I'm fascinated by embellished and decorated jeans, yet also horrified that anyone would think they were (1) appropriate to create, (2) appropriate to sell, or (3) appropriate to wear.
Thrift stores often have embellished jeans mixed in among all the Levi's and Lee's, but they're usually like the premium denim -- you might find one or two pairs on a rack of a hundred pairs of jeans. Yesterday, though, I found 3 pairs in a row, all in my size (not that I would wear them!). Check out these denim gems:
While the pair on the right is relatively understated as embellished jeans go, the pair on the left is about as embellished as you can get. The football theme starts with the "yard lines" around the pockets and continues past the football players down to the goal post at the ankle. The middle pair, with its Hawaiian theme, is my least favorite kind of embellished jeans: the painted jeans. Painted jeans almost always wind up looking like someone got bored in art class and started doodling away on their pants, instead of like an intentional fashion statement.
But no matter how funny I find these jeans to be, I swear I never wear anything like these!
I'm not the only frugal shopper in my family; in fact, while we all have varying tolerances for shopping, we all love to get a good deal. Take, for example, the Salvation Army expedition I went on with my sister (center), my mom (not pictured), and my grandmother (on right) this summer. We all left with multiple bags of goodies! (That box in my arms was a brand new bathroom cabinet.)
I'm also not the only thrift store fan. My husband likes them because he figures if I'm going to shop all the time, at least it's inexpensive. But my dog Toby is probably the biggest fan of all—he loves the way thrift store clothes smell when I bring them home! Something similar to this scene happens every time I bring home a thrift store haul:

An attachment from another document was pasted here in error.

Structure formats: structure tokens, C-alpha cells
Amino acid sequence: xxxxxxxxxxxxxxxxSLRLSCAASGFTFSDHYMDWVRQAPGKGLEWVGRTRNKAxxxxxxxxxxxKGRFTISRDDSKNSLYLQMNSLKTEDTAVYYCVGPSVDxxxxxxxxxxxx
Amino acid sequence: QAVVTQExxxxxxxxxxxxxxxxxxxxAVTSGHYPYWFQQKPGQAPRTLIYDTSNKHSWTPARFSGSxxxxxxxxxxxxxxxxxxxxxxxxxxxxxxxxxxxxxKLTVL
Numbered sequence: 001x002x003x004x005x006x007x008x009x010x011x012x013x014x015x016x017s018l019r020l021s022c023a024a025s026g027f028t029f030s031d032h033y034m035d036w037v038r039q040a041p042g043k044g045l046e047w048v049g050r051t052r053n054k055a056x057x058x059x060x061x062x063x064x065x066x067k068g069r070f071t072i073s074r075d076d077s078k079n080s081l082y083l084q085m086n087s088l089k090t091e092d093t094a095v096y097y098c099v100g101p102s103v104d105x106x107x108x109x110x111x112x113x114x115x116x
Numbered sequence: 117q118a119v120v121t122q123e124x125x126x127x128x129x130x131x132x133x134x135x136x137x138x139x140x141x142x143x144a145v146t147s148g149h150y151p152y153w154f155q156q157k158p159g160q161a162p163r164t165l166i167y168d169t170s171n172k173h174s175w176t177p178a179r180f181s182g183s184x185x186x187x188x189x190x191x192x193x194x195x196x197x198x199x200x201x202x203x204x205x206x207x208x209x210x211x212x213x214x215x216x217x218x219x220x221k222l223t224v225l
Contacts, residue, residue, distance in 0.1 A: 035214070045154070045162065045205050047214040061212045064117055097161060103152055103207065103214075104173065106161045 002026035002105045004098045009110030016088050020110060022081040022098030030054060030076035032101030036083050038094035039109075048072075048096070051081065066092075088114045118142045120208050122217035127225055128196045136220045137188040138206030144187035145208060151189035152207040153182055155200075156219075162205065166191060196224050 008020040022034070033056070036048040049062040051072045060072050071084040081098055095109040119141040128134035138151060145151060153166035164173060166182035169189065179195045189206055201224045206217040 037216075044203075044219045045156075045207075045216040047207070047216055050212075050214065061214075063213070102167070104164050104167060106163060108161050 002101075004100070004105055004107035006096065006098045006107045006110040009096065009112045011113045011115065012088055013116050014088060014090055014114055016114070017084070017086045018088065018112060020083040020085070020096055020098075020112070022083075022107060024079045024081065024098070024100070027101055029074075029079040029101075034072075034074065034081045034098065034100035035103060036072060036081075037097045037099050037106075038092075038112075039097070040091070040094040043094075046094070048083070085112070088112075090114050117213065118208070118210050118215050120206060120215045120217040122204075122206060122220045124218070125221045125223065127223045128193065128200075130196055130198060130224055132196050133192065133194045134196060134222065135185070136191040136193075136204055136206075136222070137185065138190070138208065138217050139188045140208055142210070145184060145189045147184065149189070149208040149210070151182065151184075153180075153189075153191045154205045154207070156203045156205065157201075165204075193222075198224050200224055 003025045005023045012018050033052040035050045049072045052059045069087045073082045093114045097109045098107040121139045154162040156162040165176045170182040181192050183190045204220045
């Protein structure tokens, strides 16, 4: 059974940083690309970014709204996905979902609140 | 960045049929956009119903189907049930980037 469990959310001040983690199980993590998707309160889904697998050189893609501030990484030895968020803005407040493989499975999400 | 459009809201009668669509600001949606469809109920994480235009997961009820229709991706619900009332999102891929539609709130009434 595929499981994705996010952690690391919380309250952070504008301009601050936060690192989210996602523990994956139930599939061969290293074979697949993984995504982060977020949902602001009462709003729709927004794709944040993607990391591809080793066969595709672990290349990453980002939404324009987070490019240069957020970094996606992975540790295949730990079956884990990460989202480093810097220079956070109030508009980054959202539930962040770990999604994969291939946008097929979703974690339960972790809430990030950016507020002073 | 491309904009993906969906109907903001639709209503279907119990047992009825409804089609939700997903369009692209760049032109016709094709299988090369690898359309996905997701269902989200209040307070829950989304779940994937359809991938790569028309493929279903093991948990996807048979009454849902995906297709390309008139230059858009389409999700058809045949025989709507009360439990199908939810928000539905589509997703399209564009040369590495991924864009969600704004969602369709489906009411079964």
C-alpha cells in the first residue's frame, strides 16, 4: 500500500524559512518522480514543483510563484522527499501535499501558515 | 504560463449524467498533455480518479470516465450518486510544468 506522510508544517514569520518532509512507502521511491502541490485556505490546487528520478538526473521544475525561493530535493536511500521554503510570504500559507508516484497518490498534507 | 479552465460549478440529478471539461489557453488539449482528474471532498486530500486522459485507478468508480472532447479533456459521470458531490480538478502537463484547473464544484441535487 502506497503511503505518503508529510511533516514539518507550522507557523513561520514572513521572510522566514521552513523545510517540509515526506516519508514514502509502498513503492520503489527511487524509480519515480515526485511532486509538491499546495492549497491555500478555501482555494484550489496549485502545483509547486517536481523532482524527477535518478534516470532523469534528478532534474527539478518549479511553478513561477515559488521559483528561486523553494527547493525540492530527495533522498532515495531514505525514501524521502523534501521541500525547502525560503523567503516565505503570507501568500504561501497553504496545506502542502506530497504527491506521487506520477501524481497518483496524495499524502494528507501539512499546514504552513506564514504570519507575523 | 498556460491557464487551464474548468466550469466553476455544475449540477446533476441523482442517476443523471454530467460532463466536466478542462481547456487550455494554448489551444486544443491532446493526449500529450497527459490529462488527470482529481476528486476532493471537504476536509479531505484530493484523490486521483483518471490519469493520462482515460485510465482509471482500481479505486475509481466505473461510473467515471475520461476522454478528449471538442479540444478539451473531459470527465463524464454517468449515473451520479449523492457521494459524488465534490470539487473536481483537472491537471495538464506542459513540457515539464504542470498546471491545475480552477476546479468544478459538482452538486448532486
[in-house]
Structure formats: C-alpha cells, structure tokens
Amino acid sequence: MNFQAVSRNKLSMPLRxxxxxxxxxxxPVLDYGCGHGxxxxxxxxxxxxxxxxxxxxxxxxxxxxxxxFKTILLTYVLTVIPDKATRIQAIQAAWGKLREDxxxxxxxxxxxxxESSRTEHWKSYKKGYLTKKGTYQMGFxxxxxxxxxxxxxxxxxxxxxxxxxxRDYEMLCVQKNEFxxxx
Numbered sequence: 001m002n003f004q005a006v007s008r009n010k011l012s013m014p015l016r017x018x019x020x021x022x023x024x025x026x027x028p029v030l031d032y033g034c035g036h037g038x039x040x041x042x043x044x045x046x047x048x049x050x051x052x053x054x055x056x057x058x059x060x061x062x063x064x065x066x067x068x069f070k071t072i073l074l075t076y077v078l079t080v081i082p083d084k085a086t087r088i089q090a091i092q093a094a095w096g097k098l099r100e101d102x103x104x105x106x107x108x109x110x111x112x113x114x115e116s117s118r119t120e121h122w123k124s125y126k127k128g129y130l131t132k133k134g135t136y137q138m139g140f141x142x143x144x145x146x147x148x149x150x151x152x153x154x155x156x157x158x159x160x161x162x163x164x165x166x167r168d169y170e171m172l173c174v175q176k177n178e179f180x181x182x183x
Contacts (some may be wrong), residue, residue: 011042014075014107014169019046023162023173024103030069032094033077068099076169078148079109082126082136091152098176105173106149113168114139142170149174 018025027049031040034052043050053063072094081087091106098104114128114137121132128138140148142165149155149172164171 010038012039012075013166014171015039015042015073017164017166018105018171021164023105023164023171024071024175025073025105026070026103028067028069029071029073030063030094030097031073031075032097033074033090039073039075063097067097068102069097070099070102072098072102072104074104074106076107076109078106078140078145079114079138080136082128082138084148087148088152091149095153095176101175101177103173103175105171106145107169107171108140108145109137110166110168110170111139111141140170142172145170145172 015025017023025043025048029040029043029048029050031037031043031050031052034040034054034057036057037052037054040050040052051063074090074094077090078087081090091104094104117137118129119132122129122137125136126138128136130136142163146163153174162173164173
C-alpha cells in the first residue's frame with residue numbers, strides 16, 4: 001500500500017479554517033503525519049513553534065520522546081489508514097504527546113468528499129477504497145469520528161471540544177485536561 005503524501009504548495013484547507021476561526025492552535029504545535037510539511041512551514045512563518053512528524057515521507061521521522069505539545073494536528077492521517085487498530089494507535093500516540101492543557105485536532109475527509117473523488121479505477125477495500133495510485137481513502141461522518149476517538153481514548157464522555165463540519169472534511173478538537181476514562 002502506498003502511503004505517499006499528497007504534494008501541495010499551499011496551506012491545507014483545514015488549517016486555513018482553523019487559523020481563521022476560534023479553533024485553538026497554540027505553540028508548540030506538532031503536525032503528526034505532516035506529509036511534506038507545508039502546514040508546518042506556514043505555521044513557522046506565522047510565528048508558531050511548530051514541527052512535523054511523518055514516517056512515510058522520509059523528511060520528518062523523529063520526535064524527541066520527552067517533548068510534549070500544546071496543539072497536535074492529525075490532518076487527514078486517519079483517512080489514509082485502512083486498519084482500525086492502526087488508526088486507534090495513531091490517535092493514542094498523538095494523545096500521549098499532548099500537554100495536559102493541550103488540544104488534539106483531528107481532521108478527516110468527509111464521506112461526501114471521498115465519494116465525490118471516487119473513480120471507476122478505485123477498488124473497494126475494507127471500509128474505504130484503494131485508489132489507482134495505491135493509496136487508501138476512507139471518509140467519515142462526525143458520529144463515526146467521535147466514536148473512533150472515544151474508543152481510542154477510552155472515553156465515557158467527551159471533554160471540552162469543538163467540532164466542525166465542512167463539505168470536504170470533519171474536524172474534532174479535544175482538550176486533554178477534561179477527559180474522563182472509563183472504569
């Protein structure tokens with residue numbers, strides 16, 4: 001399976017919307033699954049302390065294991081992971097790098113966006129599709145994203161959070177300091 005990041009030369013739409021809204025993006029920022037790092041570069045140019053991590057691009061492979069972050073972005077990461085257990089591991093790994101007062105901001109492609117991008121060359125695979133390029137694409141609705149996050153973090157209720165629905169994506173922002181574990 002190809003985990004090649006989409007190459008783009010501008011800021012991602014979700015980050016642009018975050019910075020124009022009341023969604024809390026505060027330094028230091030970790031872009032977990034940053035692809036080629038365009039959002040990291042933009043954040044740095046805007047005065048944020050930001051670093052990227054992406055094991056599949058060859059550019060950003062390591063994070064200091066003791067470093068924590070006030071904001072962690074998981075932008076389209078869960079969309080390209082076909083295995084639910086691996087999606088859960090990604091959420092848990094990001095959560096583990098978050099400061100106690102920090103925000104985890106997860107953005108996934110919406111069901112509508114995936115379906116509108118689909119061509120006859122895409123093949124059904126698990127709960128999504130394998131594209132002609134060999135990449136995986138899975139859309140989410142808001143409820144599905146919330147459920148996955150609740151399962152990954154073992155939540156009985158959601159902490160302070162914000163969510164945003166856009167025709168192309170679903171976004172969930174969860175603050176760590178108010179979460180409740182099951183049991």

I guess frugality just runs in our blood!
Today I lost a bet. A stupid bet. And now, for the month of September, I'm banned from shopping.
Since moving to our new house, my husband and I have been planning to buy a new TV for our living room, as our 4+ year old one is not quite up to par anymore. Of course, that meant that my husband wanted to get an even bigger TV.
TV shopping is one of the few shopping experiences I let my husband handle; to me, they all pretty much look the same, and they're all pretty much way too big. He had picked out a 55" Vizio from Wal-Mart and debated for a few days with our friend Chris whether the box containing the TV would actually fit in our car.
I told them that they were being ridiculous; of course it would fit. I was so sure of the stowing capacity of my car (which has moved me in and out of college dorms, carted bookshelves and Rubbermaid bins, and can fit our dog's crate) that I promised it would fit... and if it didn't, I wouldn't go shopping for a month. So I told him to get a move on and buy the darn TV already.
Today, we went to buy the TV. Man, that box was massive. They let us wheel it out to the car on a heavy duty stock room cart (with which William ran over my toe, breaking my toenail).
It didn't fit.
We had to put the box in an empty parking spot next to us, unpack it, and then load the TV, styrofoam, and flattened box into the car separately... and it still didn't fit. The flattened box was still slightly too long for the car, so I had to go back into Wal-Mart, purchase a package of bungee cords, and then figure out how to hook them onto my car such that they would hold the trunk shut. All while receiving tips, "That happened to us, too!" comments, and weird looks from the other customers in the parking lot. (I hope we don't wind up on People of Wal-Mart.)